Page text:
Our brains and bodies also cycle in “ultradian rhythms” throughout the day and night. An ultradian rhythm is a recurrent period or cycle that repeats throughout the 24-hour circadian day, like our breathing or our heart rate.

…[About] every hour and a half to two hours, we experience a significant “ultradian dip”, when our energy drops and sleep becomes possible. When we work through these dips—relying on caffeine, adrenaline, and stress hormones to keep us alert—instead of letting our bodies and brains rest, we become stressed and jittery, and our performance falters.

Now I feel a lot less bad about hitting these seemingly random walls of fatigue and disinterest. But how does one overcome this problem? Thankfully, it is a lot simpler than you would think.  Continue reading

The Unknown Chinese Woman Who Helped Find a Treatment for Malaria

Among the three scientists awarded the 2015 Nobel Prize in Physiology or Medicine for work against parasites was Tu Youyou, an octogenarian pharmacologist whose work led to the development of the most effective treatment against malaria. But despite her invaluable role in saving millions of lives from this public health scourge, her contributions remained largely unknown, even in her own homeland.

Vox.com recounts the amazing story that led up to her breakthrough discovery.

In 1967, Chairman Mao Zedong set up a secret mission (“Project 523”) to find a cure for malaria. Hundreds of communist soldiers, fighting in the mosquito-infested jungles of Vietnam, were falling ill from malaria, and the disease was also killing thousands in southern China.

After Chinese scientists were initially unable to use synthetic chemicals to treat the mosquito-borne disease, Chairman Mao’s government turned to traditional medicine. Tu, a researcher at the Academy of Traditional Chinese Medicine in Beijing, had studied both Chinese and Western medicine, according to a New Scientist profile, and was hand-plucked to search for an herbal cure.

By the time I started my search [in 1969] over 240,000 compounds had been screened in the US and China without any positive results,” she told the magazine. But, she added: “The work was the top priority, so I was certainly willing to sacrifice my personal life.”

Tu’s dedication included first testing the promising treatment on herself, to ensure that it was safe. Once it was proven to have no side effects, she organized clinical trials for people with malaria, all of whom were incredibly cured of the disease within no more than a day. Continue reading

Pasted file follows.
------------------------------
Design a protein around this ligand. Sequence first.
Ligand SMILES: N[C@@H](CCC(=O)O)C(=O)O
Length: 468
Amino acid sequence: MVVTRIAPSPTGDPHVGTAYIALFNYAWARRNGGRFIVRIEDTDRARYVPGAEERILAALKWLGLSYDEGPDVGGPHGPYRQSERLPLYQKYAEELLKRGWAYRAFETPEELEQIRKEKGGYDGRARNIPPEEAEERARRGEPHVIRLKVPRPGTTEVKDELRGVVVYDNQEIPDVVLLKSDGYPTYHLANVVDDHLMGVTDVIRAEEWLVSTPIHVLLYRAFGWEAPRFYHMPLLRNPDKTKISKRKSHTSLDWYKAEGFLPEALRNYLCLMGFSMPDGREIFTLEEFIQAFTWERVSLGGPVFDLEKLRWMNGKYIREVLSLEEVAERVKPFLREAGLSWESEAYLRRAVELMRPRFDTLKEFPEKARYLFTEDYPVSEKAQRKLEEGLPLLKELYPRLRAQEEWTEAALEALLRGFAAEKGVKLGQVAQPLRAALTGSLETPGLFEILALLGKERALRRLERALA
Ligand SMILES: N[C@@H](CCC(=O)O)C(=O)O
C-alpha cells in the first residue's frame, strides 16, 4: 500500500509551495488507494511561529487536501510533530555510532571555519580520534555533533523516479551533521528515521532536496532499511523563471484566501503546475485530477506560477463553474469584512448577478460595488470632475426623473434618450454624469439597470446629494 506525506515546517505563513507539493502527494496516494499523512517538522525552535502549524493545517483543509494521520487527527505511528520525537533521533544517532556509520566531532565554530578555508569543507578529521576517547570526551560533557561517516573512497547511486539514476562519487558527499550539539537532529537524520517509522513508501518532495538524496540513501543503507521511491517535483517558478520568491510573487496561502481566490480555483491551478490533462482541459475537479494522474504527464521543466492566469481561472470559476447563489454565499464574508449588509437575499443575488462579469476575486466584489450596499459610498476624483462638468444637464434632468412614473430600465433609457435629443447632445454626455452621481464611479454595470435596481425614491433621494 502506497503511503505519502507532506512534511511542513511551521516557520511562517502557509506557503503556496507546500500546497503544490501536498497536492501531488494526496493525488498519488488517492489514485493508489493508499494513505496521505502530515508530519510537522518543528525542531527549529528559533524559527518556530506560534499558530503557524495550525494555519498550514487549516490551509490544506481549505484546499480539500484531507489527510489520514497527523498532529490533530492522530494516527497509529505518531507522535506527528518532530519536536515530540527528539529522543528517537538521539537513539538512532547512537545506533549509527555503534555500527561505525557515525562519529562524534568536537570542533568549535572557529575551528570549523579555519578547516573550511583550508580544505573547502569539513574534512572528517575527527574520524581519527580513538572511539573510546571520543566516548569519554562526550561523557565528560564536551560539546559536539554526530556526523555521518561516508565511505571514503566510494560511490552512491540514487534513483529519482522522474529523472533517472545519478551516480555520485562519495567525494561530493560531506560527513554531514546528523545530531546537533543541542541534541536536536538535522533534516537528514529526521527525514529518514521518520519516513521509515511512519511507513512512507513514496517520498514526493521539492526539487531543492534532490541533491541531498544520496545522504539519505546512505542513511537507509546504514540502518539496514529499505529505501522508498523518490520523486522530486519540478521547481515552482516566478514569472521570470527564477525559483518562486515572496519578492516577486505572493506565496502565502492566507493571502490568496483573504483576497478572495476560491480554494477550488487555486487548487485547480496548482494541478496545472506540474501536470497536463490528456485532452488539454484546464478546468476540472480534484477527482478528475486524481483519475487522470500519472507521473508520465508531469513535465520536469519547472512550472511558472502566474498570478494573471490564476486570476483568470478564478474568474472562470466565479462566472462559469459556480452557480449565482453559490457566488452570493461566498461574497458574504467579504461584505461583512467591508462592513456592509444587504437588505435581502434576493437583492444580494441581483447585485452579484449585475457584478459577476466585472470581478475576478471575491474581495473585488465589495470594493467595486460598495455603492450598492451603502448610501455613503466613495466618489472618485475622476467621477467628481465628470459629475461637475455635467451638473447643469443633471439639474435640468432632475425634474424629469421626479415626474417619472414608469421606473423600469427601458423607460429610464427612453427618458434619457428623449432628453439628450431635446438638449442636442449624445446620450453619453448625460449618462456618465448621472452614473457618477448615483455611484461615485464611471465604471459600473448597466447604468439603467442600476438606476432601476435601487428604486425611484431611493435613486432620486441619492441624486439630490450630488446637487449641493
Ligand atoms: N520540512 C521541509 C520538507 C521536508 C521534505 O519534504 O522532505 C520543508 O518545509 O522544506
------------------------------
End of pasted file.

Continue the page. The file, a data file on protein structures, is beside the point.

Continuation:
What Makes the Human Brain So Special

If have about thirteen minutes to spare, I recommend checking out this fascinating TED Talk by neuroscientist Suzana Herculano-Houzel, who discovered a new way to count the brain’s neurons — and subsequently unveiled some curious characteristics. (If you have trouble viewing the embedded video below, click here.)

My timing for sharing this lecture is pretty apt, given the recent discovery that the brain has an unfathomably large capacity for storing data, equal to roughly one petabyte. To put that in perspective, Gizmodo notes:

A good analogy is the total amount of data amassed at the U.S. Library of Congress, which is about 235 terabytes. One petabyte is about four times that. Put yet another way, one petabyte is enough to store the DNA of the entire population of the United States twice over. So our brains may not have the equivalent storage capacity of the entire Web, but it’s still a huge data reservoir.

It is easy to take for granted just how amazing our brains are.

 

Cancers Cells Programmed Back to Normal

News about the next big breakthrough in cancer treatments are a dime a dozen. But this particular achievement seems worthy of hype and attention. Here is hoping its results can be further verified and replicated.

According to the Telegraph:

For the first time aggressive breast, lung and bladder cancer cells have been turned back into harmless benign cells by restoring the function which prevents them from multiplying excessively and forming dangerous growths.

Scientists at the Mayo Clinic in Florida, US, said it was like applying the brakes to a speeding car.

So far it has only been tested on human cells in the lab, but the researchers are hopeful that the technique could one day be used to target tumours so that cancer could be ‘switched off’ without the need for harsh chemotherapy or surgery.

“We should be able to re-establish the brakes and restore normal cell function,” said Professor Panos Anastasiadis, of the Department for Cancer Biology.

The scientists discovered that the glue which holds cells together is regulated by biological microprocessors called microRNAs. When everything is working normally the microRNAs instruct the cells to stop dividing when they have replicated sufficiently. They do this by triggering production of a protein called PLEKHA7 which breaks the cell bonds. But in cancer that process does not work.

Scientists discovered they could switch on cancer in cells by removing the microRNAs from cells and preventing them from producing the protein.

And, crucially they found that they could reverse the process switching the brakes back on and stopping cancer. MicroRNAs are small molecules which can be delivered directly to cells or tumours so an injection to increase levels could switch off disease.

As always, medical experts are rightly cautious about the results, noting that there is still quite a gap between cells grown in a laboratory and those of a human with cancer. Nevertheless, this is a big step forward, and presents yet another promising approach to consider in combating this scourge.